Yael German
Yael GermanFlash 90

MK Yael German (Yesh Atid) caused a stir during the Knesset debate on Nationality Law after comparing world silence in the face of the Holocaust with what she perceives to be silence surrounding injustice in the Nationality Law.

"When we stood in front of Majdanek in Poland, we couldn't help thinking about the Poles who were silent in the face of injustice. Our lesson as Jews is not to remain silent in the face of injustice," she said.

MK Avi Dichter replied, "It's legitimate for everyone to express themselves on sharp differences, but to try to make an analogy to the silence of the Poles at the extermination of Jews in Majdanek is unfair and unjust and I suggest that you retract. To compare the Law to the slaughter of Jews in the Holocaust means you have no basic understanding. These are despicable words that are offensive to Israel and are not appropriate for a Knesset member to say in the context of the Nationality Law."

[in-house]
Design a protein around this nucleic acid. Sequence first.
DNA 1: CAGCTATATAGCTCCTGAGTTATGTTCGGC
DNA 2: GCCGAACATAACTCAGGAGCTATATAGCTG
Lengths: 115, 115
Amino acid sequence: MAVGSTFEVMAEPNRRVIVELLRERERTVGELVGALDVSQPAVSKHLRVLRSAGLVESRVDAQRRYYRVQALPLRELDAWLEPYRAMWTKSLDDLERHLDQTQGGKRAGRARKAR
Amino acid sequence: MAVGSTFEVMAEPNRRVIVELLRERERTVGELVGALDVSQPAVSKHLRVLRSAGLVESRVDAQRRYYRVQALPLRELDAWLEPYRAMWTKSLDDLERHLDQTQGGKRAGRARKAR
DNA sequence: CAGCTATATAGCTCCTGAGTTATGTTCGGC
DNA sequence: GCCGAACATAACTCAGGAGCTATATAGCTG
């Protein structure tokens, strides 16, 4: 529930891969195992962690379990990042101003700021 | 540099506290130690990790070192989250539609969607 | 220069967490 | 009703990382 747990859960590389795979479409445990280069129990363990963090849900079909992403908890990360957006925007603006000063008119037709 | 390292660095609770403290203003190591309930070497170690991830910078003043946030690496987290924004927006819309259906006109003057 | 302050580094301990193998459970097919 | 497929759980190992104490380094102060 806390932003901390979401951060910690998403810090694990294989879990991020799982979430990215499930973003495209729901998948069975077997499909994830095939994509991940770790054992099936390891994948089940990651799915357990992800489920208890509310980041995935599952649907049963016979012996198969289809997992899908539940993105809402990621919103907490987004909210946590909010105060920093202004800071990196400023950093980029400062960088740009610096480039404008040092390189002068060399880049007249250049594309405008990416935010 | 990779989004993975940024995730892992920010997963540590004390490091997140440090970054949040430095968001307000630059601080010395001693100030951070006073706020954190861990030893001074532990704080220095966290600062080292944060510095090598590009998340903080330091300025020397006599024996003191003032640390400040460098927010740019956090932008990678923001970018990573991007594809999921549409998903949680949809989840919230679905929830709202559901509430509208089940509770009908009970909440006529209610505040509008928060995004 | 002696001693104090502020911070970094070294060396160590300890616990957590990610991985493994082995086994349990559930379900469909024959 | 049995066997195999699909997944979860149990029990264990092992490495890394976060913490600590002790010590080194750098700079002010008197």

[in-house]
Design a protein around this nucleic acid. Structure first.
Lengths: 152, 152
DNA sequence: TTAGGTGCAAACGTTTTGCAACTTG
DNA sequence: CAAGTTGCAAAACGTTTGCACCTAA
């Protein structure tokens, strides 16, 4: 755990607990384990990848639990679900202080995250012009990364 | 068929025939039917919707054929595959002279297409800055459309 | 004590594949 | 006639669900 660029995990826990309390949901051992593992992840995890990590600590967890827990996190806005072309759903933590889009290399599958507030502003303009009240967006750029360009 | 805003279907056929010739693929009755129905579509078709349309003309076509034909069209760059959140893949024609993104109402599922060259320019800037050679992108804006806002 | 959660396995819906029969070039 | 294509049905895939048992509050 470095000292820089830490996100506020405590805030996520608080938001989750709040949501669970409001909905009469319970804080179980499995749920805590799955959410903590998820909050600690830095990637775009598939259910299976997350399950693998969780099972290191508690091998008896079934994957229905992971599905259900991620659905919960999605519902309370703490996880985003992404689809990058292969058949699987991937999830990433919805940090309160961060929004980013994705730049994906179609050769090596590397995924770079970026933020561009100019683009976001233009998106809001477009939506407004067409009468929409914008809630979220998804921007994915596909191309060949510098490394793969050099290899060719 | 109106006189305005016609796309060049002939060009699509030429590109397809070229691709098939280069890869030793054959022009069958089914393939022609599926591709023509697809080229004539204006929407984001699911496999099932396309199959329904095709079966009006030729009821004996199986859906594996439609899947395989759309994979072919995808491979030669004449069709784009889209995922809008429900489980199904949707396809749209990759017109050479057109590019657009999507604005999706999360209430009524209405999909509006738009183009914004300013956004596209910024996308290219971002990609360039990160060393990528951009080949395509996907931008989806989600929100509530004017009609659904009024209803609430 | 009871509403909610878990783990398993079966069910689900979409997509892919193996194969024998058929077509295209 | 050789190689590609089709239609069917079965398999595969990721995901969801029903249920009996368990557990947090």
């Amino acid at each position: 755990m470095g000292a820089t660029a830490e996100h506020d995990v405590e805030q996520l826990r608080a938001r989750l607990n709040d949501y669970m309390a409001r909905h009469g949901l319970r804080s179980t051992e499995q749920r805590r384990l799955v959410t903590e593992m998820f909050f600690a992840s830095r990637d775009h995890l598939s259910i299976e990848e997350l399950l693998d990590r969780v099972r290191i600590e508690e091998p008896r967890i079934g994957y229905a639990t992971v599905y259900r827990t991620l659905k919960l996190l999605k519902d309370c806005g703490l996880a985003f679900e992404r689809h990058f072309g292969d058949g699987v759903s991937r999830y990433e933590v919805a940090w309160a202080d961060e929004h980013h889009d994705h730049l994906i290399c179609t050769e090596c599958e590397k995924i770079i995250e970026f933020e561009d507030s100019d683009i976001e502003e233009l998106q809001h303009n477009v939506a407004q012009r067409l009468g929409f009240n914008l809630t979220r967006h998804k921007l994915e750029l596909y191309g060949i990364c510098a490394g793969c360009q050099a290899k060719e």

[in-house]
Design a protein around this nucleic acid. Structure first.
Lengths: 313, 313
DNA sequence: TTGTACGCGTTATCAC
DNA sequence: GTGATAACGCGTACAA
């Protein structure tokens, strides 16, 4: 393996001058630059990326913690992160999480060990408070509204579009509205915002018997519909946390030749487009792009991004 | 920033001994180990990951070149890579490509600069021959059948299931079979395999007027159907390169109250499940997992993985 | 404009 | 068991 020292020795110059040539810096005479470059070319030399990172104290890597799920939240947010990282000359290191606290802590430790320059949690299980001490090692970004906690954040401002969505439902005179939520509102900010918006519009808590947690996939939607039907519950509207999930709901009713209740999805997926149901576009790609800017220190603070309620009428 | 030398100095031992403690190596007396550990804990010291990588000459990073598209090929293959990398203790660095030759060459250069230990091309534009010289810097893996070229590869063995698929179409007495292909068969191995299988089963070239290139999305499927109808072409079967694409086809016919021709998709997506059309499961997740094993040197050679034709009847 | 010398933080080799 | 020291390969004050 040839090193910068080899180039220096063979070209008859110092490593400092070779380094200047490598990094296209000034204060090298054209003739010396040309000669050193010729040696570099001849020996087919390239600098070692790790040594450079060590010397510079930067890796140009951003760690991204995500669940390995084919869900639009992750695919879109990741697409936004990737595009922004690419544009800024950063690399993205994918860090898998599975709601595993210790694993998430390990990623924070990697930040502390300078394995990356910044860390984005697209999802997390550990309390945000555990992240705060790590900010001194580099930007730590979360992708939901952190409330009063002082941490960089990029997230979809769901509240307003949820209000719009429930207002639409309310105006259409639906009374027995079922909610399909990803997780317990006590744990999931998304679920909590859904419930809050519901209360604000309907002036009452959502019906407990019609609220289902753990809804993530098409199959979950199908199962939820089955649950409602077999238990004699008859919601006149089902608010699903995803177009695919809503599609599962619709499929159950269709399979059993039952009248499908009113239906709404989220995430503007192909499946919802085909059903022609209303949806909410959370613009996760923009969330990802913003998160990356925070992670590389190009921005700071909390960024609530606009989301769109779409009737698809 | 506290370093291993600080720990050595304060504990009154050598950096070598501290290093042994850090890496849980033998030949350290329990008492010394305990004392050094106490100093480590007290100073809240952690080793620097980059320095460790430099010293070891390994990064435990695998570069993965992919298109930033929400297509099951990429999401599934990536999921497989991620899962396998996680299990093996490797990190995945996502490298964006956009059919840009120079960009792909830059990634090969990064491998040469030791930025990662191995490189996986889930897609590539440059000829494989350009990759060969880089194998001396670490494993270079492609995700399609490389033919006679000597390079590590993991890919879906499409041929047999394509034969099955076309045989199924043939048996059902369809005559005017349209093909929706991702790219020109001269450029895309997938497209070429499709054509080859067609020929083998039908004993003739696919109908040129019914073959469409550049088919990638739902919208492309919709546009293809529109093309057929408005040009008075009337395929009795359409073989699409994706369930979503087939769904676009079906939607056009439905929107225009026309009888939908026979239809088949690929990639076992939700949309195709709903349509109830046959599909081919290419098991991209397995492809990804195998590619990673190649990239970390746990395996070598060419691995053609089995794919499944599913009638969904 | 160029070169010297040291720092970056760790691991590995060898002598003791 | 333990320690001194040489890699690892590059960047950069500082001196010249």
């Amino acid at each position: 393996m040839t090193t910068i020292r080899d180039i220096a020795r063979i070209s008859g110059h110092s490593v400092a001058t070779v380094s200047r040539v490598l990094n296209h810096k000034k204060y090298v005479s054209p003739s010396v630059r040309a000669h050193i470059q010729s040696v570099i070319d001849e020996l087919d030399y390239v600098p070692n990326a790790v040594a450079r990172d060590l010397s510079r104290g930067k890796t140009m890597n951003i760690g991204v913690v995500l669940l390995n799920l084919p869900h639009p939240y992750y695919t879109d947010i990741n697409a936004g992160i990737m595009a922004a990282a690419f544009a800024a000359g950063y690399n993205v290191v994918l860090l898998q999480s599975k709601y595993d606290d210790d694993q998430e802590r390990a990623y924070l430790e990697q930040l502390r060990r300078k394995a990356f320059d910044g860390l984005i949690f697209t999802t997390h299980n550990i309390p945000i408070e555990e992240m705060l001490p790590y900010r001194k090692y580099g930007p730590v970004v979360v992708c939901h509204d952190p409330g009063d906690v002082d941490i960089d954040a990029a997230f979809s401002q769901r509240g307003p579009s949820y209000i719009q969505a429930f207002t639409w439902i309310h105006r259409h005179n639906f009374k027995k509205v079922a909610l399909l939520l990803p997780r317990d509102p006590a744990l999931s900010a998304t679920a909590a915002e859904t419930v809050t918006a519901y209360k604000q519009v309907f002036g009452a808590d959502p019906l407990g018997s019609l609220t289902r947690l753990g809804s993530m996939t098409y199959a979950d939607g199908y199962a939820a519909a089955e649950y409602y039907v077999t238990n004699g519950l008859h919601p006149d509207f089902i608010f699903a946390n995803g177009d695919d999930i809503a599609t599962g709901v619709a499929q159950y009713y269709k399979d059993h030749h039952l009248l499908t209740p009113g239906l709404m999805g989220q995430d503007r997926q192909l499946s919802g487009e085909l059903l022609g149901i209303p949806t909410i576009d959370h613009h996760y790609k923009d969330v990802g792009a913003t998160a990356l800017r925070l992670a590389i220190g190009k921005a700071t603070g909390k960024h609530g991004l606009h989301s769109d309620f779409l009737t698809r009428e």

The Nationality Law would establish the status of the State of Israel as the nation-state of the Jewish people and the right of the Jewish people to self-determination in its homeland as a unique right of the Jewish people. It would also anchor the symbols of state, Jerusalem as the capital of Israel, the Jewish calendar as the country's official calendar, and the Hebrew language as the official language.

Several MKs, as well as Attorney General Avichai Mandelblit and President Reuven Rivlin, have opposed Section 7 of the law, which allows Jewish communal settlements to refuse to accept non-Jewish residents.

For her part, German replied, "I say that during the trip to Poland we learned two things, and the important thing is that we learned not to remain silent in the face of injustice, discrimination against Ethiopians, women, Arabs, and more. The injustice mustn't be allowed to continue in silence and any other interpretation is yours.

"You should be ashamed for bringing this divisive and hate-producing law. You insist on hearing what I haven't said. All I say is that I learned not to remain silent in the face of injustice."